It’s now time to focus on trout, bugs and the best dry fly fishing opportunities of the year, which are just around the corner. With 4-6 weight fly rods, we’ll be casting imitations of tan caddis to start, followed by sulphurs, then gray drakes and isonychias following. Can’t count out the blue wing olives on cloudy days and we never know when a random march brown will show up early in the spring season.

Not far behind the trout dry fly fishing, we will see more smallmouth bass make their way up river for their annual spawn, which has grown in fish numbers in the last handful of years.

With both fly fishing and light spin tackle, we’ll fish for both “smally’s” and resident Brown and Rainbow trout, up to the end of June and after that, smallmouth will be the primary species, but can’t count out the occasional pike or walleye.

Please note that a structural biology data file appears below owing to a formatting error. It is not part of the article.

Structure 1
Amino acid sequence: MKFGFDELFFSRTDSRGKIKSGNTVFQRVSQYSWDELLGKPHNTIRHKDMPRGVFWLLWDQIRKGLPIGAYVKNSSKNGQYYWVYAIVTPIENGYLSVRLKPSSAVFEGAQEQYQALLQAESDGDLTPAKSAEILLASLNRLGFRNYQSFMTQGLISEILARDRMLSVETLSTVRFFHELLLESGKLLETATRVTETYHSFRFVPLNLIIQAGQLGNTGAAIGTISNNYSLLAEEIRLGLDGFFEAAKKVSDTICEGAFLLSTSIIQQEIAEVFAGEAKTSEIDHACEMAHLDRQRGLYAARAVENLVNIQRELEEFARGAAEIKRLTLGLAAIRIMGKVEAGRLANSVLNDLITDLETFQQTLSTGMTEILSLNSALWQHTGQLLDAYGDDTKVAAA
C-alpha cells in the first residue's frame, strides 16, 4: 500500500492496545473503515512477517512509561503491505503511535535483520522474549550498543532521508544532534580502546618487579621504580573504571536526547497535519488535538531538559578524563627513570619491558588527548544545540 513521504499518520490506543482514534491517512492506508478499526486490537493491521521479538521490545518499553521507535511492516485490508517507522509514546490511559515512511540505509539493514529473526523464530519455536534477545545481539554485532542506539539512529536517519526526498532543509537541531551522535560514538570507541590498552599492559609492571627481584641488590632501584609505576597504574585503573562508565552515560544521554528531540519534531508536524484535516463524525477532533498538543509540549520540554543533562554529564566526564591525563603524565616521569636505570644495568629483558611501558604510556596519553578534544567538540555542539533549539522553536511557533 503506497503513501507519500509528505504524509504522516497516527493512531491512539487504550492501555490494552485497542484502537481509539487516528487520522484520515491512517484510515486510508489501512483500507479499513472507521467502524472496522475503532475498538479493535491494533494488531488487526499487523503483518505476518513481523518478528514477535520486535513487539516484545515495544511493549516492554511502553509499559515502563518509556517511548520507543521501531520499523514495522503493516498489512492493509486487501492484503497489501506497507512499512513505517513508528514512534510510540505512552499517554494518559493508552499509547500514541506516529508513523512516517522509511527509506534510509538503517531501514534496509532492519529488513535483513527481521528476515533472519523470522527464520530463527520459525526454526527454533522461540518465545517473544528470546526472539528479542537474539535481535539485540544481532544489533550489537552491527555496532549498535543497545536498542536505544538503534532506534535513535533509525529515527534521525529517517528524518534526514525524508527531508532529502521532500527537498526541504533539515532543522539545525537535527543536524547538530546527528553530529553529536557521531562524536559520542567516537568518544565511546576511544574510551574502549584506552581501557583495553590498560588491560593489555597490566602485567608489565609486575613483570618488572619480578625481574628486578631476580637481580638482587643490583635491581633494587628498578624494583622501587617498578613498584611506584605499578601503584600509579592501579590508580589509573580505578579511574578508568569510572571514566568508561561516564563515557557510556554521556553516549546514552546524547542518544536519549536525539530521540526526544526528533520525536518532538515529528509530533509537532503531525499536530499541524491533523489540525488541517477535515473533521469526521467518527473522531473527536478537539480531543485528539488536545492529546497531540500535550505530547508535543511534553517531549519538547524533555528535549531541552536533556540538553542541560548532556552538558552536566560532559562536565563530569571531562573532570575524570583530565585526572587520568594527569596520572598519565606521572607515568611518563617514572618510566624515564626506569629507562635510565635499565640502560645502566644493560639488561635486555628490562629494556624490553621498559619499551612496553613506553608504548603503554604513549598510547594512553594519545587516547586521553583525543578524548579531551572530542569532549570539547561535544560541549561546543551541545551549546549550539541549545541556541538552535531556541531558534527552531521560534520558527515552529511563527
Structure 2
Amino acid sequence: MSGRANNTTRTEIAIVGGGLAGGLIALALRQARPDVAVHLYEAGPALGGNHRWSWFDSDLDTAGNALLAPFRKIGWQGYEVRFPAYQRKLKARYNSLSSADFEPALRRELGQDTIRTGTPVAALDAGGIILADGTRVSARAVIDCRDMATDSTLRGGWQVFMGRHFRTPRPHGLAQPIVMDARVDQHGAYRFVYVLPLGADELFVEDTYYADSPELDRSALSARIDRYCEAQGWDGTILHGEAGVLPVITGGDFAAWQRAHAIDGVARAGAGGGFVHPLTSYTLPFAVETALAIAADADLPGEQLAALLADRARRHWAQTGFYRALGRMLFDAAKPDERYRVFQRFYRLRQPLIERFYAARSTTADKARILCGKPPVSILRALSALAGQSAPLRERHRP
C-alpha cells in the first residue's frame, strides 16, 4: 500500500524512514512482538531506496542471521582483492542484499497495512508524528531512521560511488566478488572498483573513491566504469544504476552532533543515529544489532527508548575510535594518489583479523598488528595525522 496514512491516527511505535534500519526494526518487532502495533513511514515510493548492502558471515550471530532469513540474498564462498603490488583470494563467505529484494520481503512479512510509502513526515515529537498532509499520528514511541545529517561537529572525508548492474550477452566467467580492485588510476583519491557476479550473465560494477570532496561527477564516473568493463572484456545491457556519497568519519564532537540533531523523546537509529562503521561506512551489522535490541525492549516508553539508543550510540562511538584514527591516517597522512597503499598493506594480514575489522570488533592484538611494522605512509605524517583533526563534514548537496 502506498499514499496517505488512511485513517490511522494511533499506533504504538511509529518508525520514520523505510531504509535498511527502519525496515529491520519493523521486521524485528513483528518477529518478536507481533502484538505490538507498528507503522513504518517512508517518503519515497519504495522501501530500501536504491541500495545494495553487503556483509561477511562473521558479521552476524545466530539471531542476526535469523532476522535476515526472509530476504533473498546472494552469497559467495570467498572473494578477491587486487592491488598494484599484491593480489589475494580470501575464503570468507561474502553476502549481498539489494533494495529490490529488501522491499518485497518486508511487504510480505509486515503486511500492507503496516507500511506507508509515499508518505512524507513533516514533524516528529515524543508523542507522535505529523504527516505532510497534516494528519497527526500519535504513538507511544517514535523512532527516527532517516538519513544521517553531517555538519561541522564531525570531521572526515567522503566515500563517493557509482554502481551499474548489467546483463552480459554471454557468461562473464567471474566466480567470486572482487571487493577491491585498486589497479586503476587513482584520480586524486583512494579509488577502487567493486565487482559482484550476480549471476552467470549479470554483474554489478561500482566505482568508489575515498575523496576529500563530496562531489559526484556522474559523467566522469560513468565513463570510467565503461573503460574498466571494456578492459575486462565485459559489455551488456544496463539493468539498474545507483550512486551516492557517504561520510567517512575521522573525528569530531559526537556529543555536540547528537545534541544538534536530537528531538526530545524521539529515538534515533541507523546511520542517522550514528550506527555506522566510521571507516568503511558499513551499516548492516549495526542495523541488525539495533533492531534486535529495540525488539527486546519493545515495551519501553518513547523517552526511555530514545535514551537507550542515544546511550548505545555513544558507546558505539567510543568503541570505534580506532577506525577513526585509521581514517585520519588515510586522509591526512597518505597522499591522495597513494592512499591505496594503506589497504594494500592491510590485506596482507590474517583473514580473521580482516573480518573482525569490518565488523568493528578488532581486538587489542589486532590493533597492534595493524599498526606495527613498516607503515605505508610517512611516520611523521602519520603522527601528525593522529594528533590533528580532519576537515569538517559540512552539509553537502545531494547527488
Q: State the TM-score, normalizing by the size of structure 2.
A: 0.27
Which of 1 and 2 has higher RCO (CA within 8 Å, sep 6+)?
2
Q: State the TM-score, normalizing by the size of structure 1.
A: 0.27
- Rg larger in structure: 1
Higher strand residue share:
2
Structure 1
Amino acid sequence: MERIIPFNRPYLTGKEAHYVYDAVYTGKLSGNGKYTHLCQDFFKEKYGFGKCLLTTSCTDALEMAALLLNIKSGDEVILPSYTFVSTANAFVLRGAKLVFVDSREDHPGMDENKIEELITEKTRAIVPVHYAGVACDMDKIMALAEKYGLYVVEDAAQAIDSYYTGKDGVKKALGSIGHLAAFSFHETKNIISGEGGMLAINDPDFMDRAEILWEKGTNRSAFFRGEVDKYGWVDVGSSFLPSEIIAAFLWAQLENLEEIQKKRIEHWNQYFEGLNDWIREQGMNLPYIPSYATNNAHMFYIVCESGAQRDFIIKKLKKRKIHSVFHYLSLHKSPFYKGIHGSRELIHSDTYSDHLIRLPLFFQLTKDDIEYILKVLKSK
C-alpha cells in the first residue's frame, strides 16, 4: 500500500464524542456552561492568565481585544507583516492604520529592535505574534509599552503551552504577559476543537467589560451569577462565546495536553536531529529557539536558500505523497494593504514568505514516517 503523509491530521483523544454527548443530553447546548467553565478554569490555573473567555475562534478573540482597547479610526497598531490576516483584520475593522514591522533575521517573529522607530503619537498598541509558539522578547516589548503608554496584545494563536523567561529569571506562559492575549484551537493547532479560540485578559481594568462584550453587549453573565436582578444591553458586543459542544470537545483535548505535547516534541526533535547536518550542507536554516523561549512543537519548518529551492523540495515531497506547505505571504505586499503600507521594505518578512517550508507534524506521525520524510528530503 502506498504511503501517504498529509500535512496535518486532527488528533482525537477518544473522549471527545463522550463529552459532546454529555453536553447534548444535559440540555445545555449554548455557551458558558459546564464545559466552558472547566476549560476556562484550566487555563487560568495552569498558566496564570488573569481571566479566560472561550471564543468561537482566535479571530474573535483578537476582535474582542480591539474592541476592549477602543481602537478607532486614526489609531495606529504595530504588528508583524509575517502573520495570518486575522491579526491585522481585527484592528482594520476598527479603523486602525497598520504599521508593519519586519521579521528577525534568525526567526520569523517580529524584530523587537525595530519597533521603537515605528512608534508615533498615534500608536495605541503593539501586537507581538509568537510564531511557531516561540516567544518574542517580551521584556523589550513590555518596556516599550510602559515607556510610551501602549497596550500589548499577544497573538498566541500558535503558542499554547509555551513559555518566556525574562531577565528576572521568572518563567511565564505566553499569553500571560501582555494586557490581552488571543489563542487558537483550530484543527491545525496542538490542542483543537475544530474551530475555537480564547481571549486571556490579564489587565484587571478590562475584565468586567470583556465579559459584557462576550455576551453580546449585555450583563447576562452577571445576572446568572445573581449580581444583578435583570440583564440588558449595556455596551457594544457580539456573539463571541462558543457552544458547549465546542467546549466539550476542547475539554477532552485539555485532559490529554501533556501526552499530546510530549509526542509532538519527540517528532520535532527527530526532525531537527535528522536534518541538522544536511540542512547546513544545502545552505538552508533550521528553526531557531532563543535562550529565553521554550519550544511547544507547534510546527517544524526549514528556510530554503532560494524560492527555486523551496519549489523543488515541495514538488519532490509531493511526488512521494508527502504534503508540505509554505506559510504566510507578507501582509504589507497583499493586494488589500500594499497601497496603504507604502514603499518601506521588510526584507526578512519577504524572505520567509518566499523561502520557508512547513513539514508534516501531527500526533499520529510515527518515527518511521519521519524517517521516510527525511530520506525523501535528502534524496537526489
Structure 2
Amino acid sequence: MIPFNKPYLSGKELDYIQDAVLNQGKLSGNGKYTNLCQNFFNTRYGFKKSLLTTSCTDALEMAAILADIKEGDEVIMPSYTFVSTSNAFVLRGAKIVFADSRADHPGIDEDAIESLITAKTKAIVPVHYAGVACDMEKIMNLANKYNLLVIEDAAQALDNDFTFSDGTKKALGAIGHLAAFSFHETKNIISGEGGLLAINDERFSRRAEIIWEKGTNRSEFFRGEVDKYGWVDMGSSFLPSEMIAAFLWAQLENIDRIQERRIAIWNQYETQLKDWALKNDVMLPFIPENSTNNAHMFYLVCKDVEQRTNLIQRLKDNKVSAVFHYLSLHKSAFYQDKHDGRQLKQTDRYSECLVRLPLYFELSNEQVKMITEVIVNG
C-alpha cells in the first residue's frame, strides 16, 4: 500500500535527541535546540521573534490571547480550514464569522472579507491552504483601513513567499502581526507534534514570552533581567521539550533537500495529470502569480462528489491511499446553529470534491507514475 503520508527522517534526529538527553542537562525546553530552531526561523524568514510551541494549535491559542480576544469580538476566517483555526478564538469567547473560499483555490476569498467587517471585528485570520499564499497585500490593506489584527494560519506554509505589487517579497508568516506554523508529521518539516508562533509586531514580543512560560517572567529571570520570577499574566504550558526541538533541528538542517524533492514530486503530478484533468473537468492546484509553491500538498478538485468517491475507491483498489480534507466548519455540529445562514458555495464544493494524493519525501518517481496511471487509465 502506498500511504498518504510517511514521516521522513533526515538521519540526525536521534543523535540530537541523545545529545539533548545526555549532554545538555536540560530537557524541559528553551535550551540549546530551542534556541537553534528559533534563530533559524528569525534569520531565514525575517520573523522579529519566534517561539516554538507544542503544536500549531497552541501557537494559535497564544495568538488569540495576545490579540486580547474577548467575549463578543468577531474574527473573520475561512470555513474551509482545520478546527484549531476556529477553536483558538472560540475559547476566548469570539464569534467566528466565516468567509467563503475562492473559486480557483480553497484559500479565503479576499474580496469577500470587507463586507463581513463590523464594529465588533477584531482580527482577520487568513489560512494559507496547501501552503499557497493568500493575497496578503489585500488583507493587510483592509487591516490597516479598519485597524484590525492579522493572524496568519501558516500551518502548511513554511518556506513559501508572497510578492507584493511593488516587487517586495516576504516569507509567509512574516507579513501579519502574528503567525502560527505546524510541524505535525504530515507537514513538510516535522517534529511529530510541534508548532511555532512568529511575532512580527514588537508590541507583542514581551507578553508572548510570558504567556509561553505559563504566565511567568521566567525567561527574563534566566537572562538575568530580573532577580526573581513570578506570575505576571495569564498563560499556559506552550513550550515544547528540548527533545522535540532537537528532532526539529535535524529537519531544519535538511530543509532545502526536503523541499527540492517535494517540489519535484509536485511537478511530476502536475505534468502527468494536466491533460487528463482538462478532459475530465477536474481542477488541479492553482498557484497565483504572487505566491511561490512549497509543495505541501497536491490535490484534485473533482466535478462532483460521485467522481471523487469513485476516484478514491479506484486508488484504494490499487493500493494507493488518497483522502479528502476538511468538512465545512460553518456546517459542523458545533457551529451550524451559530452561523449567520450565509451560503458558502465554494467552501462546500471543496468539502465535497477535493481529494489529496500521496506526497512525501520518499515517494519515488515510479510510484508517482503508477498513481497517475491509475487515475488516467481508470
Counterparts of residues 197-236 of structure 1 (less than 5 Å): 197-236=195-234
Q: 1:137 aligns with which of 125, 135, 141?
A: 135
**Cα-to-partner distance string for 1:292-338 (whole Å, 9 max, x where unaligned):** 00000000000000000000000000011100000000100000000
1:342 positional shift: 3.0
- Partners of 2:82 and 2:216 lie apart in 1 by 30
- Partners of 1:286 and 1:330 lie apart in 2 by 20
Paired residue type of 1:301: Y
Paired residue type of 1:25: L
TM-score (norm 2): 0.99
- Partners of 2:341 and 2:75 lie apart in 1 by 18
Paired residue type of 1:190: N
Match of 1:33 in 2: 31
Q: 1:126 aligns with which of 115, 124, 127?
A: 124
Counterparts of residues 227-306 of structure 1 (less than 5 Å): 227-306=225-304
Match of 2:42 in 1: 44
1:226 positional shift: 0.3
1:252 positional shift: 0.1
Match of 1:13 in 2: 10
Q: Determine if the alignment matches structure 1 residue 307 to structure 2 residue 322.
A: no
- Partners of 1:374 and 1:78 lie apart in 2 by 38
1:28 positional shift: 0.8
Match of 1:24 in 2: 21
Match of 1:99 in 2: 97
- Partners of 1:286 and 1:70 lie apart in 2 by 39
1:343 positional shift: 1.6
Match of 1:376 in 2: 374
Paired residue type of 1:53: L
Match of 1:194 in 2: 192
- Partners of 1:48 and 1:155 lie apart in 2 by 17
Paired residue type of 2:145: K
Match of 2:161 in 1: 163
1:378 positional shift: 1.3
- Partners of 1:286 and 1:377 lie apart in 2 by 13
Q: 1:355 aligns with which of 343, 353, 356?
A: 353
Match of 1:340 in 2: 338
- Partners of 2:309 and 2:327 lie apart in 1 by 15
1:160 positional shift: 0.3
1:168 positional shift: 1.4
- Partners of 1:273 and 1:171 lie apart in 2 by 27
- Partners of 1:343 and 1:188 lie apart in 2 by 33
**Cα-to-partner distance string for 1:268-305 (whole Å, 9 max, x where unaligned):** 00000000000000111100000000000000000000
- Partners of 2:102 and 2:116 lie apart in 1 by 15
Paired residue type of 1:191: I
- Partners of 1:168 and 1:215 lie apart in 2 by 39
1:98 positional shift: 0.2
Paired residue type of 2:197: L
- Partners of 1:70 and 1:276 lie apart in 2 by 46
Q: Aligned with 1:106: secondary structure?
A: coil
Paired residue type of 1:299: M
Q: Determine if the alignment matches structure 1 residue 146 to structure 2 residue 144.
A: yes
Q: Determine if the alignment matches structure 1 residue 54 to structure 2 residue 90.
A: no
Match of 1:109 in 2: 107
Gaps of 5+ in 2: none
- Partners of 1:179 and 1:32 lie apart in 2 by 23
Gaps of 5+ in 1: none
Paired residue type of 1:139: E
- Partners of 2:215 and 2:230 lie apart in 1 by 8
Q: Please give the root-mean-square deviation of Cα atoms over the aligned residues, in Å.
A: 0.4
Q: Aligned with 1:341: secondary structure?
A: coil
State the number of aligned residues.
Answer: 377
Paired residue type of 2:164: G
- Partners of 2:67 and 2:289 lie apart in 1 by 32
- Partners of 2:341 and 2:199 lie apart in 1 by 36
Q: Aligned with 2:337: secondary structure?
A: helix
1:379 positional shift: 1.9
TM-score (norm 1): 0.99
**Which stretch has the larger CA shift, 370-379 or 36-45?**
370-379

Muskegon river water levels are a bit over 2,000 cfs and river temperatures are climbing with each nice, warm, sunny day and are currently in the 53-54 degree range.

For now,


Muskegon River Fishing Report – May 2, 2023 – Newaygo, Michigan

Ray with a NICE one !

After a good start to the spring season on the Muskegon river back in late March, we’ve seen all kinds of odd things happen with the weather and river. We had record breaking temperatures, followed by snow storms and really strong winds and then went through a weeks long drought of sorts that only found light snow as precipitation and now we’re back to cool, late fall like weather…..hmmmm?

All of this had an impact on the rivers of Michigan, with many reaching very high temperatures in mid April, only to have a bout of winter return and have them drop several degrees in a matter of less than a week.

Many saw their spring steelhead run come to an end early, the Muskegon river is either on the verge of that now, or done altogether. The rains we got yesterday and last night did bring the river levels up, which “historically” is the trigger of sorts to bring in our last good batch of steelhead from lake Michigan. We may have already seen them come, only the days ahead will truly answer that question.